Art by: Jing Jin

The US Federal Bureau of Investigation announced today that they have successfully seized the assets of the Silk Road 2.0 in a joint operation with Europol and the New York Office of Complex Frauds and Cybercrime Unit and Money Laundering and Asset Forfeiture Unit.

 The investigation is called Operation Onymous. Apparently, the agent who filed the complaint was Vincent D. D’Augostino, a well-known Agent in Charge who previously led the team that brought down 115 members of the New York Mafia families in 2013. Whether D’Augostino was the team leader for Onymous has not yet been revealed. Onymous has also been credited with bringing down another online drug dealer in Ireland.

The site’s operator, Blake Benthall, who according to one Gawker story, was an former employee at SpaceX, was reportedly arrested in San Francisco almost exactly one year after Silk Road 2.0 went live on November 6, 2013. The site is now offline and visitors to the site are met with an official police warning that the site’s assets have now been seized.

The official FBI report claimed that Benthall was using an unencrypted computer that contained "address lists for customers all over the world that will be of significant interest to many global law enforcement agencies." Benthall has already been charged with one count of conspiring to commit narcotics trafficking, one count of conspiring to traffic in fraudulent identification documents, one count of money laundering conspiracy and one count of conspiring to commit computer hacking. European police agencies have also hinted that Operation Onymous will be concluded within hours and the hope is that its investigations will close the door to a great deal of activity on the Dark Web.

According to some reports, Silk Road 2.0 was processing more than US$8 million in monthly sales and Benthall, who went by the name “Defcon,” had apparently either lost or absconded with “all of the Bitcoins from the marketplace.” He reportedly told his staff in September, 2014 that the theft was carried out by an “unknown hacker.”  Interestingly enough however, Benthall only had US$275,000 (see point 43), money that was obtained by trading Bitcoin for fiat currency.

Apparently, the FBI not only had access to Benthall’s supposedly unencrypted computer but also the Silk Road 2.0’s servers as well, because they claim to have viewed private messages sent to the website from customers and distributors and to have actually taken part in conversations with Benthall through the website as the investigation closed in on him. They also claim that Benthall gave them moderator privileges. If this is true then other Dark Web sites such as Hydra, C9 and Pandora, all of which are currently offline, could be affected as well.

The rumor that the task force had possession of contact information from Benthall’s computer however is probably correct. The Irish Examiner reported that the previously mentioned arrest in Ireland was of one of the Silk Road 2.0’s biggest dealer and police seized nearly €180,000 Ecstasy, LSD, and other drugs in the raid. While Benthall will likely be tried in San Francisco, California, the US Attorney for New York’s Southern District, Preet Bharara, said in a statement:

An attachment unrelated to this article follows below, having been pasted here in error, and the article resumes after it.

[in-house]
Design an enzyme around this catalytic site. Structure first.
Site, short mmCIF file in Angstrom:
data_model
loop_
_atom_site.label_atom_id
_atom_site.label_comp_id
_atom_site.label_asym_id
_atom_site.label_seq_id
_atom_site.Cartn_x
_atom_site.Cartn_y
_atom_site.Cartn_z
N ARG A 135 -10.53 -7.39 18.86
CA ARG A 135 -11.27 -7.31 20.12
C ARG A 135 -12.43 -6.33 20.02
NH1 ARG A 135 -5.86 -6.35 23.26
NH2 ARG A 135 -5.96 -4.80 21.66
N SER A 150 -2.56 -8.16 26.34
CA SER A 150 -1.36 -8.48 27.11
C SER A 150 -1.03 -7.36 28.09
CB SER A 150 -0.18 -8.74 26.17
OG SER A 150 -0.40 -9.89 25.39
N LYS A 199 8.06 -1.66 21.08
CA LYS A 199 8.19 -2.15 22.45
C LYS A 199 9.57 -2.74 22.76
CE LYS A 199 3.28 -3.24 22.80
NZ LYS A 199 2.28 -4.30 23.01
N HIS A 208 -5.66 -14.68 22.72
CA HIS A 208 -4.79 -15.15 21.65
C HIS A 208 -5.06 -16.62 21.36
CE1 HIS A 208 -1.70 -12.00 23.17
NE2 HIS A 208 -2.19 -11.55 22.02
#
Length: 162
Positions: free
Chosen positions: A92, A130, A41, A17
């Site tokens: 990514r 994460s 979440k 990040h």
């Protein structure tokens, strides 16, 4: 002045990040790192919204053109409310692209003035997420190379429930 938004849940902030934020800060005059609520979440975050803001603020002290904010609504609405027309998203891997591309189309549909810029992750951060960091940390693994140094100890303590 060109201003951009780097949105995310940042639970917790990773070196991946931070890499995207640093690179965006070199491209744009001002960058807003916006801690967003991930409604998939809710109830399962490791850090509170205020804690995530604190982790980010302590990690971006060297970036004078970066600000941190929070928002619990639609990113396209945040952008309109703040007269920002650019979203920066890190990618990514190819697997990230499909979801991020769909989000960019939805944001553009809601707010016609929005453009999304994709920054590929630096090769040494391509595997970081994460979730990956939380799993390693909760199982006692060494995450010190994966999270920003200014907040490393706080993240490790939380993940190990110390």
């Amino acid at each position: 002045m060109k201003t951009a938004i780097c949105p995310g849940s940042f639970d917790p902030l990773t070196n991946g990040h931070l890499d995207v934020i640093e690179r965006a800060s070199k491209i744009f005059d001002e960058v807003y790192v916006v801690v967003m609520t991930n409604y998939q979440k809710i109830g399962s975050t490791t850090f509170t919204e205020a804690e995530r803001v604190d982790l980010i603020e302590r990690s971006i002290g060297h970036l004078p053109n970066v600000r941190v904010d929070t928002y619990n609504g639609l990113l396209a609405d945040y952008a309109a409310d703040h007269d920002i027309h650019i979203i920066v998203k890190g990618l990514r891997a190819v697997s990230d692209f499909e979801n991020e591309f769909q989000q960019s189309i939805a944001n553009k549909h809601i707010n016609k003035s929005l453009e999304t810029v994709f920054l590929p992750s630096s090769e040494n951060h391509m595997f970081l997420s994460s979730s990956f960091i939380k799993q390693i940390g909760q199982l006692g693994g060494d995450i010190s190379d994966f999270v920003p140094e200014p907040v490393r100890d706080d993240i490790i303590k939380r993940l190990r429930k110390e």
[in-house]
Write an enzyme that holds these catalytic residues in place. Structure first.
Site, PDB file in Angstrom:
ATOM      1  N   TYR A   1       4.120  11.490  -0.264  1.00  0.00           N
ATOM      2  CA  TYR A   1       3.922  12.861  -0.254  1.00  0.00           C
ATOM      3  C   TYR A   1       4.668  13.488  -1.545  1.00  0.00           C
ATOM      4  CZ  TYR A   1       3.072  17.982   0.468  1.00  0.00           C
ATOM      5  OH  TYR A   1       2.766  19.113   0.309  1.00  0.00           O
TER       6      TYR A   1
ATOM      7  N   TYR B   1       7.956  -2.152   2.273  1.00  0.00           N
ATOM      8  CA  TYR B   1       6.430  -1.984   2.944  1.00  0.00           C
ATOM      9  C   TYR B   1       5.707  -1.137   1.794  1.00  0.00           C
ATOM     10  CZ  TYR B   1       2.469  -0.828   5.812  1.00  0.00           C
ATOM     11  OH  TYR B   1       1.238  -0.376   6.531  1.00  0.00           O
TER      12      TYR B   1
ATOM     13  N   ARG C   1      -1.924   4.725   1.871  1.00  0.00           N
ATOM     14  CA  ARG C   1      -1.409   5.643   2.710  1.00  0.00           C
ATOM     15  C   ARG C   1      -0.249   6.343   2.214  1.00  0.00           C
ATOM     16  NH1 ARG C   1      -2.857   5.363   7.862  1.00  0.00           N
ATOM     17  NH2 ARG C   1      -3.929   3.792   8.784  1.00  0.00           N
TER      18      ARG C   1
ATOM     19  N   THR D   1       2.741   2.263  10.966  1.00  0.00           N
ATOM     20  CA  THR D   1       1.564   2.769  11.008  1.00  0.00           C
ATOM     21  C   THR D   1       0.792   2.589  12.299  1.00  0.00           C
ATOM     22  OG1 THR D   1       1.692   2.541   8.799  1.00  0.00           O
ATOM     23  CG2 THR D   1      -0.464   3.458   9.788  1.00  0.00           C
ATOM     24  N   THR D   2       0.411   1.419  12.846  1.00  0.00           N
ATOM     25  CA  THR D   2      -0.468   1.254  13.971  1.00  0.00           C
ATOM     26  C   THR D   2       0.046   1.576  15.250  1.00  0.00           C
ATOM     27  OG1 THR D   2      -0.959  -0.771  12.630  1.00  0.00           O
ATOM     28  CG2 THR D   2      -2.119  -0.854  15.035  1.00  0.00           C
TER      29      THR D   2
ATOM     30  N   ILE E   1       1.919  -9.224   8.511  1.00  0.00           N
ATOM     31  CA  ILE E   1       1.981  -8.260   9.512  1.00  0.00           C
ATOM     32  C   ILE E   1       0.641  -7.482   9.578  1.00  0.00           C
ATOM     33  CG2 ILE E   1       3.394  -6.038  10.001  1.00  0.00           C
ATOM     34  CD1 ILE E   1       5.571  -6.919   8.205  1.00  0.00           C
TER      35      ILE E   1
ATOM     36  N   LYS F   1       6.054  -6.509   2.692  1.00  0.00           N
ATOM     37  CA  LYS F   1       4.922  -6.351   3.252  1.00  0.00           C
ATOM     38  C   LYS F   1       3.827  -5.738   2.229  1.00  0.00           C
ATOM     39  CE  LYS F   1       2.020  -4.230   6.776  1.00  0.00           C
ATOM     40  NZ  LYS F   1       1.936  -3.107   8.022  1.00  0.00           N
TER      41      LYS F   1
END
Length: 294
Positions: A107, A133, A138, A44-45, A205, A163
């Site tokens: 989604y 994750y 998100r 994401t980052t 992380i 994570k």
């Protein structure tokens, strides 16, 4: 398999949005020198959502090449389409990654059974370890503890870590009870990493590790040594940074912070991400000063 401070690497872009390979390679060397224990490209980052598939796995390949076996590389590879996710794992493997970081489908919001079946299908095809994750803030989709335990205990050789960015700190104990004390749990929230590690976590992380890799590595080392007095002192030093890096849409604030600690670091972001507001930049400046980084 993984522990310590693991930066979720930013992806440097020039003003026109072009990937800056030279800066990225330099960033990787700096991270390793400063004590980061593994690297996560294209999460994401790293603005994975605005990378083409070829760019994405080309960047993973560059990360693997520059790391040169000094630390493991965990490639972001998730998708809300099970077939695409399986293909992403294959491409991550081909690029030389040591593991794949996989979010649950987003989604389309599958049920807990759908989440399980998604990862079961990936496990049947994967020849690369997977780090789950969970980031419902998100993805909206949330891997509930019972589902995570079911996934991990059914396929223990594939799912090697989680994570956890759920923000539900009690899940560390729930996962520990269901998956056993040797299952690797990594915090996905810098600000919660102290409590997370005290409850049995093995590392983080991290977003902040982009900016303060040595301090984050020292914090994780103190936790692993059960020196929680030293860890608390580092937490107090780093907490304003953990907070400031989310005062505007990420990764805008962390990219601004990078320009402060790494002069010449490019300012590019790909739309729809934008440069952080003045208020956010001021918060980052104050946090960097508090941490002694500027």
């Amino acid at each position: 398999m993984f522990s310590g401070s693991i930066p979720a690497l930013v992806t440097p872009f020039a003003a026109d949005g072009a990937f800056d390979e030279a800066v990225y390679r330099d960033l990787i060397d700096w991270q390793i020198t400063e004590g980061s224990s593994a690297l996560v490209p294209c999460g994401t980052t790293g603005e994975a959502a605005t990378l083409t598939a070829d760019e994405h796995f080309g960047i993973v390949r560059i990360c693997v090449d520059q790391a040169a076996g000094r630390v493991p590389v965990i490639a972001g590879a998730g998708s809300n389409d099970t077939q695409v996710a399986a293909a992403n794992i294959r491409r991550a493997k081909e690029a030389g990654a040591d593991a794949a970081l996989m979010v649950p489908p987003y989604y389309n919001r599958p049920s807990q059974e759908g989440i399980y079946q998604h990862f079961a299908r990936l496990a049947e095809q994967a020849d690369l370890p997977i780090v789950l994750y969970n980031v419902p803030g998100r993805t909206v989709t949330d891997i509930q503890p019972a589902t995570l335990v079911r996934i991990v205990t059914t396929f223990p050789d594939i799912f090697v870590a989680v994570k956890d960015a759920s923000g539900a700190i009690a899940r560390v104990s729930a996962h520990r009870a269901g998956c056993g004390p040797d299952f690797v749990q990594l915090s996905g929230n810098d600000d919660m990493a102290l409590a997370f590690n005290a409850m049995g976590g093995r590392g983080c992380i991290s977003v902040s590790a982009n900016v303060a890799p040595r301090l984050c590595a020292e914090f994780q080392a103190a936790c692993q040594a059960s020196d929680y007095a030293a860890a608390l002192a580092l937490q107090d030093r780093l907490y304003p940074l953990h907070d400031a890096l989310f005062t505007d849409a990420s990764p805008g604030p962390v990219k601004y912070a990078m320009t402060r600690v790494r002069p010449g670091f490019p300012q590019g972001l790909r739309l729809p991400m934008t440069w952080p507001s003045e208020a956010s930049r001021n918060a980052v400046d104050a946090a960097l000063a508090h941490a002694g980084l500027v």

“As alleged, Blake Benthall attempted to resurrect Silk Road, a secret website that law enforcement seized last year, by running Silk Road 2.0, a nearly identical criminal enterprise. Let’s be clear – this Silk Road, in whatever form, is the road to prison. Those looking to follow in the footsteps of alleged cybercriminals should understand that we will return as many times as necessary to shut down noxious online criminal bazaars. We don’t get tired.”

The FBI, speaking through Assistant Director-in-Charge George Venizelos supported Bharara by saying:

“It’s been more than a year since the FBI made an arrest of the administrator of the black-market bazaar, Silk Road, and here we stand again, announcing the arrest of the creator and operator of Silk Road 2.0. Following a very close business model to the first, as alleged, Blake Benthall ran a website on the Tor network facilitating supposedly anonymous deals of drugs and illegal services generating millions of dollars in monthly sales. Benthall should have known that those who hide behind the keyboard will ultimately be found. The FBI worked with law enforcement partners here and abroad on this case and will continue to investigate and bring to prosecution those who seek to run similar black markets online.”

The complaint was filed today and alleged in part that Silk Road 2.0 was one of the most extensive, sophisticated, and widely used criminal marketplaces on the internet and had more than 150,000 active users. It was opened up after the arrest of Ross Ulbricht, a.k.a. Dread Pirate Roberts, in the take down of the original Silk Road. This new site reportedly had about 13,000 listings, including 1,783 listings for “Psychedelics,” 1,697 listings for “Ecstasy,” 1,707 listings for “Cannabis,” and 379 listings for “Opioids,” as well as listings for other illegal goods and services.